The former Saxon states that are now mostly combined into the federal state of Thuringia (Thüringen) were prime examples of German fragmented small states (Kleinstaaterei), where territories were frequently divided amongst sons to create new, fully sovereign states. This resulted in many fine palaces, art collection, and of course a good supply of nobles for royal marriages.
Leaving aside finer details, the simplified history of Saxe-Gotha (Sachsen-Gotha) is as follows: the duchy Saxe-Gotha was carved out of Saxe-Weimar in 1640 with the first duke Ernst I from the Ernestine branch of the Wettin dynasty. Altenburg was added in 1672. Shields on the arches of the arcades facing the central courtyard remind of the extensive properties ruled by the family — the same display of power is repeated in the banqueting hall.
The Saxe-Gotha-Altenburg lined died out in 1825. The duchy was split again and Gotha became part of the duchy of Saxe-Coburg-Saalfeld, which had to cede Saalfeld to Saxe-Meiningen. (The finer details were much more complicated.) The duchy disbanded in the German Revolution in 1918, and although the family still exists, the nobility has no legal status in Germany.
The Saxon Wettin dynasty was very prestigious but the Ernestine branch after the 18th century never so powerful as to physically threaten any territory making the family ideal for royal marriages throughout Europe. Although small in size — not even 2,000 square km (760 sq miles) with less than 250,000 inhabitants in the early 20th century — Saxe-Coburg and Gotha would become the ruling houses of Britain, Belgium, Portugal, and Bulgaria. Through the female line, the family is also linked to many further noble houses including the current King of Sweden.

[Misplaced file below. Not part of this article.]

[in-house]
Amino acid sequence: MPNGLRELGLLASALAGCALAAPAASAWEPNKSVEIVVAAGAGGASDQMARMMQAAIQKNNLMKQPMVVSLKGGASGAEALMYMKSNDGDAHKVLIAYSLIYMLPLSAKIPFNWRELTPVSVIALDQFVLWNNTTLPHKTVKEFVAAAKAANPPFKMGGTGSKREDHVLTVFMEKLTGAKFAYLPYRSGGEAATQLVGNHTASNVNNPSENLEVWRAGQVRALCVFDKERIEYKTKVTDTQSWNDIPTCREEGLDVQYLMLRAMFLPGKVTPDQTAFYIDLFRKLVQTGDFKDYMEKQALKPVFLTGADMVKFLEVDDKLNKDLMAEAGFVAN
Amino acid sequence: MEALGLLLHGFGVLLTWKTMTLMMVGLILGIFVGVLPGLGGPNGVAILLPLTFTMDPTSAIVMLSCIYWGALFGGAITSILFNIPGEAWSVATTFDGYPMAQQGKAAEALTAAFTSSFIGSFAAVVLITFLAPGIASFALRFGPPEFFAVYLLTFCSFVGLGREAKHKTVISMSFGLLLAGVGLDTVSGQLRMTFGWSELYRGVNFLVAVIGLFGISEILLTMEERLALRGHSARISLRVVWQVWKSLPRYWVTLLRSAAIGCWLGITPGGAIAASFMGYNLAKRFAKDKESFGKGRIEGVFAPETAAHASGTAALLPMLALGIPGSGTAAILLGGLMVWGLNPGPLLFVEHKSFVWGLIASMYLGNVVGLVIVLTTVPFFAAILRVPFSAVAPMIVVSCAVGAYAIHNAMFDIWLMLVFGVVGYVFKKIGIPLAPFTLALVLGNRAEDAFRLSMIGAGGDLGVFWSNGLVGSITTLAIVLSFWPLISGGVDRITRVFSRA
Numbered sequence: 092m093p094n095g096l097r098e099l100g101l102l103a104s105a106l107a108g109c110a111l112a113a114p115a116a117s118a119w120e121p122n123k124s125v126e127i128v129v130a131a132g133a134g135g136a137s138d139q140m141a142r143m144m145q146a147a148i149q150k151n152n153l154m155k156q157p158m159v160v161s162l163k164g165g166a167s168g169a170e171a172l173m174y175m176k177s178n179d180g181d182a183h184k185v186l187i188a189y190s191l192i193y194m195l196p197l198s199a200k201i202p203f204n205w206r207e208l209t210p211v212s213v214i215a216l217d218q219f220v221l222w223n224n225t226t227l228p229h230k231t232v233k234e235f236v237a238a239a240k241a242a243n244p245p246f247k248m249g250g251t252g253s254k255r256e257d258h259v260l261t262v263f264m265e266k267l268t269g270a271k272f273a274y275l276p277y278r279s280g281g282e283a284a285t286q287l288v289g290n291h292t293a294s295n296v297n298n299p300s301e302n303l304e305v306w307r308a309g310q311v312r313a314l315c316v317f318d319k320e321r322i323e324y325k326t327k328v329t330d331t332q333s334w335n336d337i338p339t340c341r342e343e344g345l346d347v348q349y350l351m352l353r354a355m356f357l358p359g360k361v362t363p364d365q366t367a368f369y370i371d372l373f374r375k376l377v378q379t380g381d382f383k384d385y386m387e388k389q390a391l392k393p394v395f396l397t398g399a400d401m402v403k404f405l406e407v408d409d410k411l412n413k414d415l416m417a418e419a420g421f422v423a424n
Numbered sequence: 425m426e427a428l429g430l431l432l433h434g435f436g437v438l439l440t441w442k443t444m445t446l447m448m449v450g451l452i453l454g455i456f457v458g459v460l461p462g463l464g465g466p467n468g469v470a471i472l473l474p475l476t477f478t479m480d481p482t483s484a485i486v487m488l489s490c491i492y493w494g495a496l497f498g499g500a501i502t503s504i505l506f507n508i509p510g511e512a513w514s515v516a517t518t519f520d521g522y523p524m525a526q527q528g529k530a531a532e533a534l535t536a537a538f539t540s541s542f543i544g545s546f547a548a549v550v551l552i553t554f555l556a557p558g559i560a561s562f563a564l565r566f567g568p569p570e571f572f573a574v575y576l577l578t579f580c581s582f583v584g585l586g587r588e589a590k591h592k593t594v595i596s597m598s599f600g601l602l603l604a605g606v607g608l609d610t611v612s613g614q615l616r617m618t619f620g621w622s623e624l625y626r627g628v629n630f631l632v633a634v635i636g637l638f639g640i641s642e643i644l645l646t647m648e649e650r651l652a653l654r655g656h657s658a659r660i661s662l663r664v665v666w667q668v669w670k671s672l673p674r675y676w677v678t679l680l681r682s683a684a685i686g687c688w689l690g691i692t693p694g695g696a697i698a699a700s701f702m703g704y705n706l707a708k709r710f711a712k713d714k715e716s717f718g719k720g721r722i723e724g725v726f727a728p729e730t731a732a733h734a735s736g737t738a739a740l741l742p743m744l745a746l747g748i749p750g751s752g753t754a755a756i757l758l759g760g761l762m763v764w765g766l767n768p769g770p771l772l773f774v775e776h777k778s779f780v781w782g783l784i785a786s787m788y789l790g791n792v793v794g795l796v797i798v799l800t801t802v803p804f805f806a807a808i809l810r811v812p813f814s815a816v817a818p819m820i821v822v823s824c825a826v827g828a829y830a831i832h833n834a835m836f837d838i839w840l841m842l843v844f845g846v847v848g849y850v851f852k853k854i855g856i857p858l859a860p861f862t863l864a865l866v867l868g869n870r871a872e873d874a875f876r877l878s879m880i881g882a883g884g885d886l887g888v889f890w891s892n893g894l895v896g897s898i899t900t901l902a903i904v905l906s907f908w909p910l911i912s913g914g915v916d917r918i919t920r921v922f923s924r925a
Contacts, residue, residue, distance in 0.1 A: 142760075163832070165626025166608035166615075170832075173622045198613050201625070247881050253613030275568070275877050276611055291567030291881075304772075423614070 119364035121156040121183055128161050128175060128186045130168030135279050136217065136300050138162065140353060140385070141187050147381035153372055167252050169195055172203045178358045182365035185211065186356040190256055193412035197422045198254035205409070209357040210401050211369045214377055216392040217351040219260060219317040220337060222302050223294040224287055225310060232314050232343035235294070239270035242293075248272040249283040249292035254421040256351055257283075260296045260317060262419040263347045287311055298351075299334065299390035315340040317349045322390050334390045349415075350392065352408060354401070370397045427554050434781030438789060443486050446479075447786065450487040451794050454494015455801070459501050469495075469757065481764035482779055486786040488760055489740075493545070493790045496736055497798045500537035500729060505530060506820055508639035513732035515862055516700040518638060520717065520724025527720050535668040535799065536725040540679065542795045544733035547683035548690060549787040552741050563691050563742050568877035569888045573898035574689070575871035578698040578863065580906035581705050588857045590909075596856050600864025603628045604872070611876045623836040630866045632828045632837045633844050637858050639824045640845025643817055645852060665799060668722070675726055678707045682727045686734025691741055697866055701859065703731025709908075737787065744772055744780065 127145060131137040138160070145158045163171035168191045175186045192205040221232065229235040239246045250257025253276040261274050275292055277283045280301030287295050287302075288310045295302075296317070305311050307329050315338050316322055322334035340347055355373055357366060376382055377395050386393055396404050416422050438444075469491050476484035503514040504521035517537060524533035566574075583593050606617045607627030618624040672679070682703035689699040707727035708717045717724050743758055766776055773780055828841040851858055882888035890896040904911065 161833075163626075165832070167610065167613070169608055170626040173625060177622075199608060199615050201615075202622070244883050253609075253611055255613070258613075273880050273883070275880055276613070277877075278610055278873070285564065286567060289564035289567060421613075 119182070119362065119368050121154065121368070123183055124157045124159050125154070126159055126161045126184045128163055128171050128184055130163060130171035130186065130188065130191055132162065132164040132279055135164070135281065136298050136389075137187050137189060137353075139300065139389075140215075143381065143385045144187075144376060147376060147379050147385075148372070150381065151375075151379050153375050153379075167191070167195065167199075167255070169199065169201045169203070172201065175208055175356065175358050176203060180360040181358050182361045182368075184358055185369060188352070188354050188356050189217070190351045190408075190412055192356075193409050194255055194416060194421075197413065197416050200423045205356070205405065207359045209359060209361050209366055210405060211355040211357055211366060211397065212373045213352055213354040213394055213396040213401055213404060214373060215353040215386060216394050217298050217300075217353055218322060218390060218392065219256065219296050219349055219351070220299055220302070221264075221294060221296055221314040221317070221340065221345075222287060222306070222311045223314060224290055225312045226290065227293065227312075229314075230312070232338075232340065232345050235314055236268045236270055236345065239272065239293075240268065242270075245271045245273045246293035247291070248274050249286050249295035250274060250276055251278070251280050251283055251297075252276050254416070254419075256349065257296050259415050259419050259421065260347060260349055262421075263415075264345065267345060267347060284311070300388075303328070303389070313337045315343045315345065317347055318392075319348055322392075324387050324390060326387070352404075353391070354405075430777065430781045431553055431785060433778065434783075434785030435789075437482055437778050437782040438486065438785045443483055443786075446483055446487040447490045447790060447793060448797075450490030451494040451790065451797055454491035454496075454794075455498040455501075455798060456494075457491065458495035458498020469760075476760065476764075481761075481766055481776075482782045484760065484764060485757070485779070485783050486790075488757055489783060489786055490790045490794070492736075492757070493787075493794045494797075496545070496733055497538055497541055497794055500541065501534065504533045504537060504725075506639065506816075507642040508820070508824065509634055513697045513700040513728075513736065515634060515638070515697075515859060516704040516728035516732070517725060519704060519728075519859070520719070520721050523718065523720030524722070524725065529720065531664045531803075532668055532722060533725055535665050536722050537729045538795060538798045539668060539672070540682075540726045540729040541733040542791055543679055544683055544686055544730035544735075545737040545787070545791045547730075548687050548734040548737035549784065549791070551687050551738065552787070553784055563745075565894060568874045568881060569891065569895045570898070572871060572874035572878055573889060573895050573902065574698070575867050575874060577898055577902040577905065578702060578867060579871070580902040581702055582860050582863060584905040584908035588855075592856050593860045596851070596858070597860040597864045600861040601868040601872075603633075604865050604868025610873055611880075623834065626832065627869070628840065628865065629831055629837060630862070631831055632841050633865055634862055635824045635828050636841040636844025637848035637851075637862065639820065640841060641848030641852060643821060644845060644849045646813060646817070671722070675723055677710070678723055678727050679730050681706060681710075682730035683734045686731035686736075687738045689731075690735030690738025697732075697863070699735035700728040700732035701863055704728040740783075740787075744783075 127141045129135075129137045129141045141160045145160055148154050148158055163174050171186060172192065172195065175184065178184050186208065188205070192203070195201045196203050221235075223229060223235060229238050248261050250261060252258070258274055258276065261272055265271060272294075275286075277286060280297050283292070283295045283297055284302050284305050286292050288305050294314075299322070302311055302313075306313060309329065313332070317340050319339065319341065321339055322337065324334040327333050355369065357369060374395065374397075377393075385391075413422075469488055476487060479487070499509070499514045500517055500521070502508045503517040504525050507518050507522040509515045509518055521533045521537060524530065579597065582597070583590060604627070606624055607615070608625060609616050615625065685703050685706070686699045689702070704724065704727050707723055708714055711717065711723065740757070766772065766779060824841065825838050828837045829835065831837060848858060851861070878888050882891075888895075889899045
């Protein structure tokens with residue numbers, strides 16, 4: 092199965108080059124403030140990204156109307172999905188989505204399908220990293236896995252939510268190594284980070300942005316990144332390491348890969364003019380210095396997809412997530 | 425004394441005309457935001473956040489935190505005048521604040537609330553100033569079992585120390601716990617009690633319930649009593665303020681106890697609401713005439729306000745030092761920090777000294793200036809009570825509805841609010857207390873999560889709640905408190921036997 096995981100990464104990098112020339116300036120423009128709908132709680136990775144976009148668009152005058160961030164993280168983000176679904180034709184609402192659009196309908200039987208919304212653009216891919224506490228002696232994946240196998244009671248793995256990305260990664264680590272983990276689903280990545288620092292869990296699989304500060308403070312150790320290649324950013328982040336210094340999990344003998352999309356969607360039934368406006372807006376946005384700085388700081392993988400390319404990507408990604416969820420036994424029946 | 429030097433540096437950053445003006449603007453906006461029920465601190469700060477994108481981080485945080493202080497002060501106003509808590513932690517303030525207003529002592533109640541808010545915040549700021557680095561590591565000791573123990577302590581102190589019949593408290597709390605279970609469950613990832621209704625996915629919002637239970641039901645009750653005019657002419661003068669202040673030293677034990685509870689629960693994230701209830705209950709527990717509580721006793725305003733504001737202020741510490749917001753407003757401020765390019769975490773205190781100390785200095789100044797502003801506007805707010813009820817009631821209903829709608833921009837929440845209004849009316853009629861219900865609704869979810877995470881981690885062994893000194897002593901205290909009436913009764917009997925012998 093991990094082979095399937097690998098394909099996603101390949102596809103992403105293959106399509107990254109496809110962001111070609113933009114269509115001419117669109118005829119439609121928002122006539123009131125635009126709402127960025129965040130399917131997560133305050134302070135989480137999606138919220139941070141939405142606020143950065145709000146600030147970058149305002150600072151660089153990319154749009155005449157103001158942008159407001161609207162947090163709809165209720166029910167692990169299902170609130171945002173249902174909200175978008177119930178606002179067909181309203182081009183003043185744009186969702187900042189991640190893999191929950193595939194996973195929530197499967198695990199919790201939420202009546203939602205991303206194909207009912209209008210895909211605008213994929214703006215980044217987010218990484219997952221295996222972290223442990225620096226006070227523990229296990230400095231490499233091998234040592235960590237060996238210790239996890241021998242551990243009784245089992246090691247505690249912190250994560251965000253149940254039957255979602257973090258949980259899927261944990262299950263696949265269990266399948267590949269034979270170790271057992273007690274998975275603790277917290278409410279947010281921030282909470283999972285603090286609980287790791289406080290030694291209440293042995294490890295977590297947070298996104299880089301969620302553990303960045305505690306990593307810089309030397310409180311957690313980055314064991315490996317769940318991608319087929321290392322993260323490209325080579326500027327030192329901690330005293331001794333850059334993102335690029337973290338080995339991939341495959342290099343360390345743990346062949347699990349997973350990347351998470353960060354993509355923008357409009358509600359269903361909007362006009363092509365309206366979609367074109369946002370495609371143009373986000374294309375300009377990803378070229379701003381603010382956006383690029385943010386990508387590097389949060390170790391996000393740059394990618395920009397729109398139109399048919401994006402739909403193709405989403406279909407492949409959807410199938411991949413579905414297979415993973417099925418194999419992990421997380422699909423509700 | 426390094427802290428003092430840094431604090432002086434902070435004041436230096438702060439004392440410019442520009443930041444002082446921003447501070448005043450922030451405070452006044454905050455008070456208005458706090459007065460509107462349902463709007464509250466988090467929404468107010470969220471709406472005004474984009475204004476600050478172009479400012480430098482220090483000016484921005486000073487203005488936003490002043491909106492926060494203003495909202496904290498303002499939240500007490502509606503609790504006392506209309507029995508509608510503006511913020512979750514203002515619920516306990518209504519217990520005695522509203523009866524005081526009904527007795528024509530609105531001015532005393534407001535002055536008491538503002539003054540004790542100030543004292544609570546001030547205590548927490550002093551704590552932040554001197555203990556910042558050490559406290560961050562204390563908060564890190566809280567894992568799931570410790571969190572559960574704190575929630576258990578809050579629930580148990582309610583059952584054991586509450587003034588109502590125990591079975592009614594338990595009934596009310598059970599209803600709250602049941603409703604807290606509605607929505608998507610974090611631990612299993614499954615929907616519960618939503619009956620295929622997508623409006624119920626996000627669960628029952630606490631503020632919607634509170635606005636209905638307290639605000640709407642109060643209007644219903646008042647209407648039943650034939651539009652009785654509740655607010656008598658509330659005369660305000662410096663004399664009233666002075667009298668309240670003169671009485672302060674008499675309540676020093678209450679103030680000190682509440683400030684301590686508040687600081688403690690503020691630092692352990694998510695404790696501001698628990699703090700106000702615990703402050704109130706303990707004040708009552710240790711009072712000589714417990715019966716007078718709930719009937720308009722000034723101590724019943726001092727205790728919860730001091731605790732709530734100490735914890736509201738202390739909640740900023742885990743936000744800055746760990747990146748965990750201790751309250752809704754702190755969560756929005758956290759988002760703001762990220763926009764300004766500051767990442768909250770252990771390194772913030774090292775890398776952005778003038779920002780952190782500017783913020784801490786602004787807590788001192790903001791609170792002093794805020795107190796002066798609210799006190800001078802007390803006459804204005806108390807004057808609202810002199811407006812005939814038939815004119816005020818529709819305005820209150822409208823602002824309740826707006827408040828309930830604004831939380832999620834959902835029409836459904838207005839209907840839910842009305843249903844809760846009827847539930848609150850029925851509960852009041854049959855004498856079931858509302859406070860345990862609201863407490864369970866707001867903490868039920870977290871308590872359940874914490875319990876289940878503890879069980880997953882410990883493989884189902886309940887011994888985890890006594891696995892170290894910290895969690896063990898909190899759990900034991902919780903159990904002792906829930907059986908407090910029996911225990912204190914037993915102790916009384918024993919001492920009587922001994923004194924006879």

British Royals and the House of Saxe-Coburg and Gotha
Two prominent marriages linked the British kings with Gotha and strengthened the German blood in the British royal family:
Princess Augusta of Saxe-Gotha-Altenburg (1719-1772) married Frederick, Prince of Wales in 1736. Despite their nine children, it was an unhappy marriage. Augusta never became queen, as Frederick died before his father, King George II of Great Britain (and Elector Hanover), who himself was born in Schloss Herrenhausen famous for its fabulous baroque Great Garden in Hannover. Their son, properly German from both parents, became King George III of Great Britain (later the United Kingdom and also of Hanover).
The most famous member of the family was Prince Albert (1819-61) who never ruled in Germany but in 1840 married Queen Victoria of Great Britain, etc. Their children married into royal families throughout Europe but their son ascended to the British throne in 1901, as King Edward VII to change the British royal family from the House of Hanover to the House of Saxe-Coburg and Gotha.
The same house still rules in Britain but changed the too German name to the House of Windsor in 1917, only relatively late into the First World War. The Belgian royal family similarly dropped the name Saxe-Coburg and Gotha in 1920 in favor of simply Belgium (but of course in three official languages).
Museums in Schloss Friedenstein
The two cultural-historical museums inside Schloss Friedenstein — the Castle and Local History museums — are moving around a bit while restoration projects are ongoing. These museums are typical for the genre and include things such as porcelain, decorative items, clocks, militaria, musical instruments, and coins. The family generally had good taste with the artistic quality of many items of a similarly high standard.